Kay Krill, president and ceo, said on a morning conference call that “internal factors” weighed down the Ann Taylor division, as did the difficult state of the market for women’s professional apparel.
Ann Taylor’s “product assortment was not compelling or relevant” to the consumer, she said, adding that, beginning this fall, the collection will have a “far more modern” point of view.
Gross margin for the year is expected to be flat versus last year, when it finished at 48.1 percent of sales.
Shares closed at $7.97, down 98 cents.
Reporting after the markets closed, Limited Brands Inc.’s quarterly net income dropped 97.3 percent to $2.6 million, or 1 cent a diluted share, beating estimates of a 3 cent loss by 4 cents.
Limited said sales declined 10.4 percent to $1.73 billion while comparable-store sales fell 7 percent.
The Columbus, Ohio-based operator of Victoria’s Secret, Bath & Body Works and other chains said it expects second-quarter earnings per share at 11 cents to 16 cents, and full-year 2009 EPS of 67 cents to 87 cents. Analysts, on average, had expected 11 cents during the current quarter and 74 cents for the year.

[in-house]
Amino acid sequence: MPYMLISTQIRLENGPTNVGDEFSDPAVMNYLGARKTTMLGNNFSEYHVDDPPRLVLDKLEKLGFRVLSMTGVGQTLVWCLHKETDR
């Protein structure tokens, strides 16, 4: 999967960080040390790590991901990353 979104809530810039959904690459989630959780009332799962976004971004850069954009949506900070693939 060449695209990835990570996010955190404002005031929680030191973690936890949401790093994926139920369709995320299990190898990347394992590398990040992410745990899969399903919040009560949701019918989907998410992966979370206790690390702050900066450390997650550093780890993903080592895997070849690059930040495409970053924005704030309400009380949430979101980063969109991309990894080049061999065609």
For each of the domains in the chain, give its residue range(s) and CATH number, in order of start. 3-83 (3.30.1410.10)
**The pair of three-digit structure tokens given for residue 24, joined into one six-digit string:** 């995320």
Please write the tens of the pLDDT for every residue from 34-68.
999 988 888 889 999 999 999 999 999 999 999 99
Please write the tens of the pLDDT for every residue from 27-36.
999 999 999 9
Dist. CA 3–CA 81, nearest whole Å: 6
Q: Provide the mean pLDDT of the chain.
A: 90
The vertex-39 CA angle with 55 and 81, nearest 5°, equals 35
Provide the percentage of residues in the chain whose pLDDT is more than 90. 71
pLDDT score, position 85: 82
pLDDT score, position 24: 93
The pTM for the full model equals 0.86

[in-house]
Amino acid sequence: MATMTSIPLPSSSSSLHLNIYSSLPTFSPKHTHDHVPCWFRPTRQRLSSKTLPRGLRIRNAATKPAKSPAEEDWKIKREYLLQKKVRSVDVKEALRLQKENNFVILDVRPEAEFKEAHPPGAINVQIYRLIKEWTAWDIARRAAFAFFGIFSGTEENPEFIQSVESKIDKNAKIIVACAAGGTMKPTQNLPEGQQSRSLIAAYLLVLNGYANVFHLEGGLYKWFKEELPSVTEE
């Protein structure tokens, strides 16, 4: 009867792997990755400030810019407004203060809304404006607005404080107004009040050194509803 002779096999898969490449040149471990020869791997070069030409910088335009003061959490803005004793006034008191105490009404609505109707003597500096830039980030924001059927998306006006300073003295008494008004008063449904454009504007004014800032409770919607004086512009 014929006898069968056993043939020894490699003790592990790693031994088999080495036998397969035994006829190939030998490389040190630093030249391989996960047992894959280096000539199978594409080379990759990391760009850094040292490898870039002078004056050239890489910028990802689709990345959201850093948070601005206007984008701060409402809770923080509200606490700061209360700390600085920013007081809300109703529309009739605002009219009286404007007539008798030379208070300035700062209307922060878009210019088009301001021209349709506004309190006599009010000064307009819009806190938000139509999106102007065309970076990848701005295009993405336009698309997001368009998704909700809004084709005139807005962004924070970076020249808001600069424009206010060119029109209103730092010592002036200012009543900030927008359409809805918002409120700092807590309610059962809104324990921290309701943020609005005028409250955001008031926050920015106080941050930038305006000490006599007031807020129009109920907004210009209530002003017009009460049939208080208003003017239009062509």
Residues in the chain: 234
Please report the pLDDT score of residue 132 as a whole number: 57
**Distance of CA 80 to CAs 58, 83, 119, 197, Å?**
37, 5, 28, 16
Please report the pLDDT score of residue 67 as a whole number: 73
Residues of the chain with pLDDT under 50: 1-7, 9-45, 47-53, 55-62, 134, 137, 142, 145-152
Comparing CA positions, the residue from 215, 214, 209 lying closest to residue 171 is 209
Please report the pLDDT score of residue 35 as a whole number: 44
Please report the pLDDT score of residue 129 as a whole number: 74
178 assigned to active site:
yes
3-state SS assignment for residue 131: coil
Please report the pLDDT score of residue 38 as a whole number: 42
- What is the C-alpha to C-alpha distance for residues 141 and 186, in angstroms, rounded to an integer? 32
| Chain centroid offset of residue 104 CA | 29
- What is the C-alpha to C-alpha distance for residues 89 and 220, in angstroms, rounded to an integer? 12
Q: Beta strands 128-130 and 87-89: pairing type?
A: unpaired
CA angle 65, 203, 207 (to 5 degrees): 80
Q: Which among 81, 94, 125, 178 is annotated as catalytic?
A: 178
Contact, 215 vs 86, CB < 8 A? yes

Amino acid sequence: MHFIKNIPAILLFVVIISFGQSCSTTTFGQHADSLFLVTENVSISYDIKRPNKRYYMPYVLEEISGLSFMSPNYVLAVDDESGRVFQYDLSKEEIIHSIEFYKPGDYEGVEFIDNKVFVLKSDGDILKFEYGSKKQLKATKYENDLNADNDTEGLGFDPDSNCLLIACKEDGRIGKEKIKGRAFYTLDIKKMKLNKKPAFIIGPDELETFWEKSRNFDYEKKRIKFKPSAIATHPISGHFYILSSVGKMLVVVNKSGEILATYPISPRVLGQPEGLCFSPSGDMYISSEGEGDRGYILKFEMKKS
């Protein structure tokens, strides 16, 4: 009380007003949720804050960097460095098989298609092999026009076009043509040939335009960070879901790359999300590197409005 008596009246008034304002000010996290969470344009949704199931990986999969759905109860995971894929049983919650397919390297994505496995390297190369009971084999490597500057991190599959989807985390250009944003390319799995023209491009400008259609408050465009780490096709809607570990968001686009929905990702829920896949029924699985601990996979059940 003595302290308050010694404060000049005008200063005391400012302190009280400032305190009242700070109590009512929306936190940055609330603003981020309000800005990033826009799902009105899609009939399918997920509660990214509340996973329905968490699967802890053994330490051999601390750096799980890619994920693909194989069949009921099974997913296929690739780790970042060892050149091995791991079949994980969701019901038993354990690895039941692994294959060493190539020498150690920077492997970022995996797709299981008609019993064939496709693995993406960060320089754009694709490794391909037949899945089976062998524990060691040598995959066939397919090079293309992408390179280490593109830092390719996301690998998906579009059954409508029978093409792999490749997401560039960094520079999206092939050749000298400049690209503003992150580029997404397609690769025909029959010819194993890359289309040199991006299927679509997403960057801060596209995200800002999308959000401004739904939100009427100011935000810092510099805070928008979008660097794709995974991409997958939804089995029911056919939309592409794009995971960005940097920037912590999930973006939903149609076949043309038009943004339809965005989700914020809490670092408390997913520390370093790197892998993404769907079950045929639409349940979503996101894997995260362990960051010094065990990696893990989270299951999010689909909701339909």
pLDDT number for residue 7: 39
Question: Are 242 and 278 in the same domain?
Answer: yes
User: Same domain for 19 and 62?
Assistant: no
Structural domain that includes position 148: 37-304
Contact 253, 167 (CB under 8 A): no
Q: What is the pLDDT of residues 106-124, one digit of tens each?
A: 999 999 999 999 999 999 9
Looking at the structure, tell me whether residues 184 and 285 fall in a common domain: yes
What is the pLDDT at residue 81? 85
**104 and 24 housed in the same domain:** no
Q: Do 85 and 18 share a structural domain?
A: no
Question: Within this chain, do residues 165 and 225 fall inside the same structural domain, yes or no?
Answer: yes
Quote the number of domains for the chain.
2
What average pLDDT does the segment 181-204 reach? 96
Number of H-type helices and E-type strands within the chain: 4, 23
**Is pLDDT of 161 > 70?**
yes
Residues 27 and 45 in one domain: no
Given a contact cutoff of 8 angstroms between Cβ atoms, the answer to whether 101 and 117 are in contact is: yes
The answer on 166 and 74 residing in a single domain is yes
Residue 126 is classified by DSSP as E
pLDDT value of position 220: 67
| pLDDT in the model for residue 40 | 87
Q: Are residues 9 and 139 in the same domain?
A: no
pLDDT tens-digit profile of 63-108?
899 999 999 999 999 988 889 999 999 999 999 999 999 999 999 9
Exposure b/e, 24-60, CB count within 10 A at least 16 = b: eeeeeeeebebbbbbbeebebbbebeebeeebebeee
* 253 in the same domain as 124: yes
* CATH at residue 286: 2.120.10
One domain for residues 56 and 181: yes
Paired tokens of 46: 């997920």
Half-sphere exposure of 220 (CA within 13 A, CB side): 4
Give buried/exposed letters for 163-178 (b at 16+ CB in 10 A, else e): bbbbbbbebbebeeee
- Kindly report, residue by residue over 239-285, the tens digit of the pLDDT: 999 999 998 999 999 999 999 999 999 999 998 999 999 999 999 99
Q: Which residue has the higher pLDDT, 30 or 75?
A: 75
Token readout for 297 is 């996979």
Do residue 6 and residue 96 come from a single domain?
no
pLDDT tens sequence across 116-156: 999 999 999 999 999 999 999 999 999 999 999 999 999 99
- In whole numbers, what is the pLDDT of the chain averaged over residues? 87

Also reporting after market, Hot Topic Inc. swung to a first-quarter profit Wednesday, beating analysts’ estimates by 1 cent, but provided second-quarter guidance below expectations.
The mall-based specialty retailer posted net income of $1.2 million, or 3 cents a diluted share, compared with a net loss of $1.4 million, or 3 cents a share, in the year-ago period. The company said first-quarter results included roughly a 2 cent-a-share expense related to its online music site, Shockhound. Quarterly revenue grew 10.2 percent to $175.1 million. Analysts forecast EPS of 2 cents on sales of $174.7 million.